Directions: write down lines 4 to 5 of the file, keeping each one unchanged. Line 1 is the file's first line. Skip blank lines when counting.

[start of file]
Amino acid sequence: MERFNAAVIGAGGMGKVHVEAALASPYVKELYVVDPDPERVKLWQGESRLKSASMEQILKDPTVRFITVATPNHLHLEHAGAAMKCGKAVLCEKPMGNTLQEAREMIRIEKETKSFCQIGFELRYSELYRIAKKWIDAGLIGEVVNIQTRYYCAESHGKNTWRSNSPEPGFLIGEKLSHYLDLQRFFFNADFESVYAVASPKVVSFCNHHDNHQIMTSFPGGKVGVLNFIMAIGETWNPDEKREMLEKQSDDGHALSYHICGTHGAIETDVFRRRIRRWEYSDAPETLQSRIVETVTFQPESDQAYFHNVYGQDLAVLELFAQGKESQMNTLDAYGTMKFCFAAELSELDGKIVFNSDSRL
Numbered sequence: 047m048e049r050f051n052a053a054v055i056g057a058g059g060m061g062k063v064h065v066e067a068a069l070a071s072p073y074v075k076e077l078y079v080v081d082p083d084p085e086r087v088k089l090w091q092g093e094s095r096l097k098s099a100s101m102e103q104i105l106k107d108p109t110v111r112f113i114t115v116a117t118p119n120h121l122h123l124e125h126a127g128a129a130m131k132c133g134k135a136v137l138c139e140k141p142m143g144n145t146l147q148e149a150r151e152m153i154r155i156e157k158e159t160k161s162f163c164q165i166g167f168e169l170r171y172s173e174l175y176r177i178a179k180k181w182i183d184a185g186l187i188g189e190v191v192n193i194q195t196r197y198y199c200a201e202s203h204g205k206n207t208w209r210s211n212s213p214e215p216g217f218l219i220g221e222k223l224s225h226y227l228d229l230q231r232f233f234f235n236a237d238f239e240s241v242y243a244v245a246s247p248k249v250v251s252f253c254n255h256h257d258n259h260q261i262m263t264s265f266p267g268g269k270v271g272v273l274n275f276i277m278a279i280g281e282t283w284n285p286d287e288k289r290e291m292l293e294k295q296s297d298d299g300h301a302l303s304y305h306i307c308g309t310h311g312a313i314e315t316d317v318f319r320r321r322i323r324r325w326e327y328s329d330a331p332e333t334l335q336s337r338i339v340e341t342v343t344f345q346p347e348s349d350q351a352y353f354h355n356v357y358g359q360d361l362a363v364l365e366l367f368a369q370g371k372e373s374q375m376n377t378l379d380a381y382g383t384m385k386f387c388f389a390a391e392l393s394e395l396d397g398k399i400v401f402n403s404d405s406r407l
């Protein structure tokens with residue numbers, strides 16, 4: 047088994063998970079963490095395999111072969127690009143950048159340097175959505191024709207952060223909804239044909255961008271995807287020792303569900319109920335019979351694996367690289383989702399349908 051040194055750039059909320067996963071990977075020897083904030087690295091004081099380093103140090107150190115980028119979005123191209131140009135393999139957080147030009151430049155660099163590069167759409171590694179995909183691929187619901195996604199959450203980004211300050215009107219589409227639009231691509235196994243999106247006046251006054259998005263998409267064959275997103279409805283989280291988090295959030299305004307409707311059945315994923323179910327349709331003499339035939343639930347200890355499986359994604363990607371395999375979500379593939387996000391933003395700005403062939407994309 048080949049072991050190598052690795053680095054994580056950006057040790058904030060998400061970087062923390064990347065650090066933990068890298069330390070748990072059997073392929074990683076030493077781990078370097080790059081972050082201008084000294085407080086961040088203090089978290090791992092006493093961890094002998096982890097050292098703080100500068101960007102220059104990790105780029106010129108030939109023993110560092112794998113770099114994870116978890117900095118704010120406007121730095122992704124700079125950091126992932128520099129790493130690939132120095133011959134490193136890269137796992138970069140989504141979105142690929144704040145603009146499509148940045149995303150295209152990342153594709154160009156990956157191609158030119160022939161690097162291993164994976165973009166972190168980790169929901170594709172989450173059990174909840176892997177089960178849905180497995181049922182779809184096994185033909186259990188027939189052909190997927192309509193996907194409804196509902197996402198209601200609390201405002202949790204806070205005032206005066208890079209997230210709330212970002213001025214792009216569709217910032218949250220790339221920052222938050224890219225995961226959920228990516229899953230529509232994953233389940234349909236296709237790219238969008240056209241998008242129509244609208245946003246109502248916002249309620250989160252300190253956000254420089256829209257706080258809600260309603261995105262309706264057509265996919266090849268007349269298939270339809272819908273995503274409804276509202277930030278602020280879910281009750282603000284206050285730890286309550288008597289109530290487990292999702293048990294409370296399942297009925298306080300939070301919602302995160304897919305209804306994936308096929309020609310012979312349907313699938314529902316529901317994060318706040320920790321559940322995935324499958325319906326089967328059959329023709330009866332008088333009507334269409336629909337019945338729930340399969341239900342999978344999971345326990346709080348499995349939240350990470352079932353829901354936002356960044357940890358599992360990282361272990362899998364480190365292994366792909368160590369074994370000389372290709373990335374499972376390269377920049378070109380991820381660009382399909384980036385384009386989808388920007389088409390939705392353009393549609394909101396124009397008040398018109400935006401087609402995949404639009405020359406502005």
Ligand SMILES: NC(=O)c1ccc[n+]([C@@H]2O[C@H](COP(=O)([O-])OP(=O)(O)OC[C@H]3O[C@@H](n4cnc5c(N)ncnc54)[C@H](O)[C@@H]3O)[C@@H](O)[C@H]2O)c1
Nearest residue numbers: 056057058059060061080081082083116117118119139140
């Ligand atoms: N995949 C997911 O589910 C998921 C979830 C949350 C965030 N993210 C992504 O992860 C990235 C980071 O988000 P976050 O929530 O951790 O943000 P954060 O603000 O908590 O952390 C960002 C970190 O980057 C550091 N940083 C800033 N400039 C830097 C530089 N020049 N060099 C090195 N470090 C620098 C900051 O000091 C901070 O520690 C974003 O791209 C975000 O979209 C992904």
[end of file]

Ligand SMILES: NC(=O)c1ccc[n+]([C@@H]2O[C@H](COP(=O)([O-])OP(=O)(O)OC[C@H]3O[C@@H](n4cnc5c(N)ncnc54)[C@H](O)[C@@H]3O)[C@@H](O)[C@H]2O)c1
Nearest residue numbers: 056057058059060061080081082083116117118119139140